Diversity in adland: why Ogilvy is taking a creative approach to new hires
Global advertising agency Ogilvy launched an apprenticeship scheme in 2016 that aims to celebrate and champion diversity, and provide more employment routes into the creative industries.
Open to all, regardless of background or qualifications, The Pipe is a two-year programme based in Ogilvy’s London headquarters. Apprentices who are taken on – known internally as Pipers – gain experience in a range of specialities, including advertising and customer engagement, design, social, PR and behaviour change. They work on client briefs while also studying towards a level 3 qualification, which is equivalent to two A-Levels.
The scheme has seen Ogilvy welcome poets, skaters, sculptors, jewellery designers, shelf stackers, artists and DJs through its doors. Key to its message is appealing to those who think the creative industries are difficult to get into unless you know someone on the inside or have certain qualifications.
“We launched The Pipe in 2016 very purposefully to open up the creative craft to a more diverse pool of potential emerging talent, and many of our Pipers are now fully fledged creatives in a number of different roles within the agency,” says Helen Matthews, chief people officer at Ogilvy UK.
“Our aim has always been for at least 50% of our intake to be from underrepresented backgrounds, and we’ve been working closely this year with Uptree and Brixton Finishing School to ensure we cast our net as widely as possible.”
The Pipe was the route to a creative career for Natalie Narh, now a social content creative with Ogilvy and vice-chair of Ogilvy Roots, a network set up to champion greater ethnic and cultural diversity within the agency. Narh is from Ghana and was motivated to apply to the Ogilvy scheme when she graduated in 2018, after her father mentioned that David Ogilvy didn’t embark on a creative career until his 30s.
“My time on The Pipe didn’t just confirm that I wanted to work in the advertising and marketing world, it actually helped me to define who I am as a creative,” she says.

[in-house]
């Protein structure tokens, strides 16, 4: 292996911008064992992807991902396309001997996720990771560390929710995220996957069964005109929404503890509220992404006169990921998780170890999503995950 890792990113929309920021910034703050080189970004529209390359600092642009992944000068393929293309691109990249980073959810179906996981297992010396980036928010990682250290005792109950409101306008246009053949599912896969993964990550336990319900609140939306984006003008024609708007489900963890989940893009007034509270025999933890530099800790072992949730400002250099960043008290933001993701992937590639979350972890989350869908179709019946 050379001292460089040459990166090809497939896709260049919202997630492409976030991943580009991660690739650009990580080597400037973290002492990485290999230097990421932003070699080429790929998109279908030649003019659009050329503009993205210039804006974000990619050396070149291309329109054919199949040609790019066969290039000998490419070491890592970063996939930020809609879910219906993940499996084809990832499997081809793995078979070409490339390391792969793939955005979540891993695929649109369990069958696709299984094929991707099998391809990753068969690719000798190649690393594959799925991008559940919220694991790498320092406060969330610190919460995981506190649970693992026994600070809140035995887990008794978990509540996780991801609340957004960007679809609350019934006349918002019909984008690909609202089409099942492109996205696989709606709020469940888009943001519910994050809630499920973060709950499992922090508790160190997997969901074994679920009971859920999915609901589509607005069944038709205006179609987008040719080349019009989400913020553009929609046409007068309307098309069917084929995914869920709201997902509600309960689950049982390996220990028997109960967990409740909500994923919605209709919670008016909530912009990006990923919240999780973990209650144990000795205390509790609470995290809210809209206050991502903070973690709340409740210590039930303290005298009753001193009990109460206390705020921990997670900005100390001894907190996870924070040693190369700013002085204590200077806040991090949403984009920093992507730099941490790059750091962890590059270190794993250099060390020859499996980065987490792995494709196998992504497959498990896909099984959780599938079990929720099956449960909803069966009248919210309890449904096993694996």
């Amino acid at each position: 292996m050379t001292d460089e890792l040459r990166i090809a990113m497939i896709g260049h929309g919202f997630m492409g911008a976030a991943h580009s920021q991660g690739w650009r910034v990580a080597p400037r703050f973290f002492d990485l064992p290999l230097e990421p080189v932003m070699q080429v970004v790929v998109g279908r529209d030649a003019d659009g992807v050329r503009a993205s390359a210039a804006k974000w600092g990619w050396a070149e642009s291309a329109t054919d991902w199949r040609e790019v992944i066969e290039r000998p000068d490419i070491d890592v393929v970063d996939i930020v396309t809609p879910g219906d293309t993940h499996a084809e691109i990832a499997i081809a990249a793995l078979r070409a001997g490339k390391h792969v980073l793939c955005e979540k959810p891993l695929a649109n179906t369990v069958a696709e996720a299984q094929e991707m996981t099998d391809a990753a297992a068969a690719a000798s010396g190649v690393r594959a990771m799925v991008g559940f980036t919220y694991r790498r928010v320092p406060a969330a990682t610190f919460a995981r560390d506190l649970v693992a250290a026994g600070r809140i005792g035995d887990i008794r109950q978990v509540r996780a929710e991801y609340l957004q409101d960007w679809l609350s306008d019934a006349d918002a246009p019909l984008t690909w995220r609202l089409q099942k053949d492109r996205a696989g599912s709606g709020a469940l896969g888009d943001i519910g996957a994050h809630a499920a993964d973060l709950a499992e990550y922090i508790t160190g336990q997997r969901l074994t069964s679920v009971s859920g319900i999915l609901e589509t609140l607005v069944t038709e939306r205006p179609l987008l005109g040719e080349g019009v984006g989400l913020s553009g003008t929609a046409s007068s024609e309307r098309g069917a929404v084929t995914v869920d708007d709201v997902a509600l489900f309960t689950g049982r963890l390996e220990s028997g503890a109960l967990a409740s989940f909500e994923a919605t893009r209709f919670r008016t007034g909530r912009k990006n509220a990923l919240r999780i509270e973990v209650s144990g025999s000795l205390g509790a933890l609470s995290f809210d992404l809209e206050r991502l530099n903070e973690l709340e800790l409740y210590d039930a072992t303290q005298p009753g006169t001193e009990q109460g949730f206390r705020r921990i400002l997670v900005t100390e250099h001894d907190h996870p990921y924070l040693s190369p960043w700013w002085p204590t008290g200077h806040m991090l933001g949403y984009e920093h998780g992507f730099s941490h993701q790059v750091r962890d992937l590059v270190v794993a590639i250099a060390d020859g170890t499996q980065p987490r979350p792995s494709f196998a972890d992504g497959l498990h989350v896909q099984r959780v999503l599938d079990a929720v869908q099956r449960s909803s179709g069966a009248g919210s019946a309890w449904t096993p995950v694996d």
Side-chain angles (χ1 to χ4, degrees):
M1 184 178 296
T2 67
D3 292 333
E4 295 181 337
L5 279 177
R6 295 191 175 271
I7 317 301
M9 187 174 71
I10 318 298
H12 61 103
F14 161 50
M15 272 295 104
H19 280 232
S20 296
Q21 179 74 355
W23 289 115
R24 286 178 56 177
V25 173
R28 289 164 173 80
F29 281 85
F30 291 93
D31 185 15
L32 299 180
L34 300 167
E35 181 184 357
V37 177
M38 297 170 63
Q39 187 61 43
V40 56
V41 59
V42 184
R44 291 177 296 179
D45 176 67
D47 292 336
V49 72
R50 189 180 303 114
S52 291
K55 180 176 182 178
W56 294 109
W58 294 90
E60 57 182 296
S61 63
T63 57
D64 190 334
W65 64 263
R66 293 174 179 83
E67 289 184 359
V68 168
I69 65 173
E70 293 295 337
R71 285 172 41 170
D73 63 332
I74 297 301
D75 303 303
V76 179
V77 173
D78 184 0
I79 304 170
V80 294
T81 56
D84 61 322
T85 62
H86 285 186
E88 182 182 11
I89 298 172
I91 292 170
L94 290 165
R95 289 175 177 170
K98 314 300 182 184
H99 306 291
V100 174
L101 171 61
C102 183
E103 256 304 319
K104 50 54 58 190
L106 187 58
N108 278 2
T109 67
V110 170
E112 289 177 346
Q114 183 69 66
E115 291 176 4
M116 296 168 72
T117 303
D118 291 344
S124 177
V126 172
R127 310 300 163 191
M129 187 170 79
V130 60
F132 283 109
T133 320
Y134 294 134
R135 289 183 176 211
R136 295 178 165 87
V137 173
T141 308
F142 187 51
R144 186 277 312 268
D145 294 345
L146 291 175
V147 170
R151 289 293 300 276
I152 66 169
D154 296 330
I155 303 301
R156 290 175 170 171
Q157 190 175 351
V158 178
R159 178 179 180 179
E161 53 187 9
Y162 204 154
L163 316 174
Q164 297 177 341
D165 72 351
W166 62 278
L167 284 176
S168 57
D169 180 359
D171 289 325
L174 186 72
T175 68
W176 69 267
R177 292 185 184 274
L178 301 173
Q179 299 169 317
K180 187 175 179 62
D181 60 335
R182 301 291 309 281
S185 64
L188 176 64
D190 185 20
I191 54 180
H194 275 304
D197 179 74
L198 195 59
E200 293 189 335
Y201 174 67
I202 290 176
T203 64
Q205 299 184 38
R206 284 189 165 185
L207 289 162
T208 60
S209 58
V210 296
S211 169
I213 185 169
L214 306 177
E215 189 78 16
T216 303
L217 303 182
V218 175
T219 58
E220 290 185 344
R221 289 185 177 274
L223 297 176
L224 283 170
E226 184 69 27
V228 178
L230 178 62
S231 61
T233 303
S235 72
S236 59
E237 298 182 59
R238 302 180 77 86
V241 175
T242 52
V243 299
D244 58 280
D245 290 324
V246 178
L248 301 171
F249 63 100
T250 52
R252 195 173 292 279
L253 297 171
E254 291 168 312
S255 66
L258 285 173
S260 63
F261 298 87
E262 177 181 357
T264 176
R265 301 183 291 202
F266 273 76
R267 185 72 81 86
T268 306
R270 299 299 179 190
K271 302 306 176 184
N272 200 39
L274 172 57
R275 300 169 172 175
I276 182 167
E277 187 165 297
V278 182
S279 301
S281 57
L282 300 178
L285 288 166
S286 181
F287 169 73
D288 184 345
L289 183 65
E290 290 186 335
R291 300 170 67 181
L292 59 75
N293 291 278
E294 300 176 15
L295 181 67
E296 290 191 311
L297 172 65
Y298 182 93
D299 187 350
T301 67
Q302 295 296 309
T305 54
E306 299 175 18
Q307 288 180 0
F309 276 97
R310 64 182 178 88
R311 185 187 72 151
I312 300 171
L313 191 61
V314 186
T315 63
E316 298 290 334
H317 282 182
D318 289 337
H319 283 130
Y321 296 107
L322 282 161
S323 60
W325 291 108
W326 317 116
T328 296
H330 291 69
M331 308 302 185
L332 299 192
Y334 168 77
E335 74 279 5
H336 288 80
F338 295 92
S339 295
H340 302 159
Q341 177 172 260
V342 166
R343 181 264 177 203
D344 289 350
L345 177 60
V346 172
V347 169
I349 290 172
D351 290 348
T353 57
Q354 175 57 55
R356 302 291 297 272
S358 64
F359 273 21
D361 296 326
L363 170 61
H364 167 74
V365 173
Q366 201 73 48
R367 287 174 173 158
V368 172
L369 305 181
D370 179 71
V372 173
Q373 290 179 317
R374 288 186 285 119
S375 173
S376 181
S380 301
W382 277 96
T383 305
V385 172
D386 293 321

Narh works full-time for Ogilvy and has a clear sense of where she sees her career going. “Previously if someone asked where I wanted to be in a few years’ time I’d have given an answer focused on improving myself as a creative and my actual craft, but over the past year, I have realised that my purpose is more aligned with giving other people the opportunity to be creative,” she says.
“Although I enjoy the process of creating, empowering other people to do the same is very satisfying to me. I hope to be able to impact a wide range of people to execute their own ideas as creatives.”
To help lower the barriers to entry, Ogilvy passes some of the apprenticeship levy back to The Pipe apprentices. “In effect, we’re giving them a startup bonus so they can pay a month’s rent or cover travel costs, making the apprenticeship scheme as inclusive as possible and setting participants up for success,” says Matthews.
“Natalie is a brilliant example of a young apprentice who has made her own luck and success, grabbing every opportunity she can,” she adds. “Especially at time when so many opportunities for young people have closed or been postponed due to the coronavirus pandemic, it’s important to combat the misconception that the creative industries are closed unless you know someone on the inside, and vital at a societal level to ensure that creative industry apprenticeship schemes continue.”
You can read the full article on The Guardian here.